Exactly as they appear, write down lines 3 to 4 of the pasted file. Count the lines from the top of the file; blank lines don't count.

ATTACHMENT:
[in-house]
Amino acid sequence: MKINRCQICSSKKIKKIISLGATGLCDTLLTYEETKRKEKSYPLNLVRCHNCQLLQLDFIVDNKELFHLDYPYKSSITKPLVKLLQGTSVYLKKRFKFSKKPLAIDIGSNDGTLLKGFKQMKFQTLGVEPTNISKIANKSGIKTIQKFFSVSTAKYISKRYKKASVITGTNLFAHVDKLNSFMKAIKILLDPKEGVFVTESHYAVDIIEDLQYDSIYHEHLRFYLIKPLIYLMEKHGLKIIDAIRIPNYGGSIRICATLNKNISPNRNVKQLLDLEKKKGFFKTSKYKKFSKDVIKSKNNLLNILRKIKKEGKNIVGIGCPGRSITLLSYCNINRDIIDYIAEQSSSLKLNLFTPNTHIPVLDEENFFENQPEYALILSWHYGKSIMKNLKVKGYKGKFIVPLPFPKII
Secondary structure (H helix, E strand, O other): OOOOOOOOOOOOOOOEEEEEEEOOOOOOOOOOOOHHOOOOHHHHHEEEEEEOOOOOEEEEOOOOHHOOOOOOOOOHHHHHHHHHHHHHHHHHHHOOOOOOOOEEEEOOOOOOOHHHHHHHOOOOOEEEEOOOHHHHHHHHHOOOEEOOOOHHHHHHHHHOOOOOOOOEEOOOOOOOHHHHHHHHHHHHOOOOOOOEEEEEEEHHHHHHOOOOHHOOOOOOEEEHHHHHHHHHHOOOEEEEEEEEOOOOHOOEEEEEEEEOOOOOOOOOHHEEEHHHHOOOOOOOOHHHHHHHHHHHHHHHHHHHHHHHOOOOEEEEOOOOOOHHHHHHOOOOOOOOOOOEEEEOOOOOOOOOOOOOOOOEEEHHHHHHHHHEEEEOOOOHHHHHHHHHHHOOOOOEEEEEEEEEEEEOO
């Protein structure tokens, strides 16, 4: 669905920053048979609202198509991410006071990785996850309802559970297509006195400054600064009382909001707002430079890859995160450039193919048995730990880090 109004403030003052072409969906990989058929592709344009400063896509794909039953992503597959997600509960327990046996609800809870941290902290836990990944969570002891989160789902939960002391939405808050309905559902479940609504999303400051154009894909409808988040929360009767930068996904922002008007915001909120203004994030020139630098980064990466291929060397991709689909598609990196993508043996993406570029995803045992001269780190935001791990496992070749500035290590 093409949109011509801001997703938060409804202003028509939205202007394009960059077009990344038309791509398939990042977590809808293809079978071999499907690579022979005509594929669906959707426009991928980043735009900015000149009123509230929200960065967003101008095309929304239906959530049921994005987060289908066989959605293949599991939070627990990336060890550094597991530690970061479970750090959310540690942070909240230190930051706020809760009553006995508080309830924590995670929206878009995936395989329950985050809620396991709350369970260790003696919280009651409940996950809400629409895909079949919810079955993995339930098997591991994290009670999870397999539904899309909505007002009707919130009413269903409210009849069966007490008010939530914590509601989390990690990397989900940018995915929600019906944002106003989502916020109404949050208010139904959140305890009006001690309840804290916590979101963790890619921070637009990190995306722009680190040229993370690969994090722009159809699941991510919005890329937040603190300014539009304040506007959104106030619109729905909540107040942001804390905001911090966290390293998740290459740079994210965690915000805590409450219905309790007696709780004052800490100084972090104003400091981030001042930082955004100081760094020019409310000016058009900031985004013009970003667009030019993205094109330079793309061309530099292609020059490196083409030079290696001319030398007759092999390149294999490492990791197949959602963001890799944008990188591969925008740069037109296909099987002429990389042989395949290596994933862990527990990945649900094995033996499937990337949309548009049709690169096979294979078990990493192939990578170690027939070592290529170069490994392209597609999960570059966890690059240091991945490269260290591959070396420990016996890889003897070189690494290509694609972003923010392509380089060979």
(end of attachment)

Secondary structure (H helix, E strand, O other): OOOOOOOOOOOOOOOEEEEEEEOOOOOOOOOOOOHHOOOOHHHHHEEEEEEOOOOOEEEEOOOOHHOOOOOOOOOHHHHHHHHHHHHHHHHHHHOOOOOOOOEEEEOOOOOOOHHHHHHHOOOOOEEEEOOOHHHHHHHHHOOOEEOOOOHHHHHHHHHOOOOOOOOEEOOOOOOOHHHHHHHHHHHHOOOOOOOEEEEEEEHHHHHHOOOOHHOOOOOOEEEHHHHHHHHHHOOOEEEEEEEEOOOOHOOEEEEEEEEOOOOOOOOOHHEEEHHHHOOOOOOOOHHHHHHHHHHHHHHHHHHHHHHHOOOOEEEEOOOOOOHHHHHHOOOOOOOOOOOEEEEOOOOOOOOOOOOOOOOEEEHHHHHHHHHEEEEOOOOHHHHHHHHHHHOOOOOEEEEEEEEEEEEOO
């Protein structure tokens, strides 16, 4: 669905920053048979609202198509991410006071990785996850309802559970297509006195400054600064009382909001707002430079890859995160450039193919048995730990880090 109004403030003052072409969906990989058929592709344009400063896509794909039953992503597959997600509960327990046996609800809870941290902290836990990944969570002891989160789902939960002391939405808050309905559902479940609504999303400051154009894909409808988040929360009767930068996904922002008007915001909120203004994030020139630098980064990466291929060397991709689909598609990196993508043996993406570029995803045992001269780190935001791990496992070749500035290590 093409949109011509801001997703938060409804202003028509939205202007394009960059077009990344038309791509398939990042977590809808293809079978071999499907690579022979005509594929669906959707426009991928980043735009900015000149009123509230929200960065967003101008095309929304239906959530049921994005987060289908066989959605293949599991939070627990990336060890550094597991530690970061479970750090959310540690942070909240230190930051706020809760009553006995508080309830924590995670929206878009995936395989329950985050809620396991709350369970260790003696919280009651409940996950809400629409895909079949919810079955993995339930098997591991994290009670999870397999539904899309909505007002009707919130009413269903409210009849069966007490008010939530914590509601989390990690990397989900940018995915929600019906944002106003989502916020109404949050208010139904959140305890009006001690309840804290916590979101963790890619921070637009990190995306722009680190040229993370690969994090722009159809699941991510919005890329937040603190300014539009304040506007959104106030619109729905909540107040942001804390905001911090966290390293998740290459740079994210965690915000805590409450219905309790007696709780004052800490100084972090104003400091981030001042930082955004100081760094020019409310000016058009900031985004013009970003667009030019993205094109330079793309061309530099292609020059490196083409030079290696001319030398007759092999390149294999490492990791197949959602963001890799944008990188591969925008740069037109296909099987002429990389042989395949290596994933862990527990990945649900094995033996499937990337949309548009049709690169096979294979078990990493192939990578170690027939070592290529170069490994392209597609999960570059966890690059240091991945490269260290591959070396420990016996890889003897070189690494290509694609972003923010392509380089060979």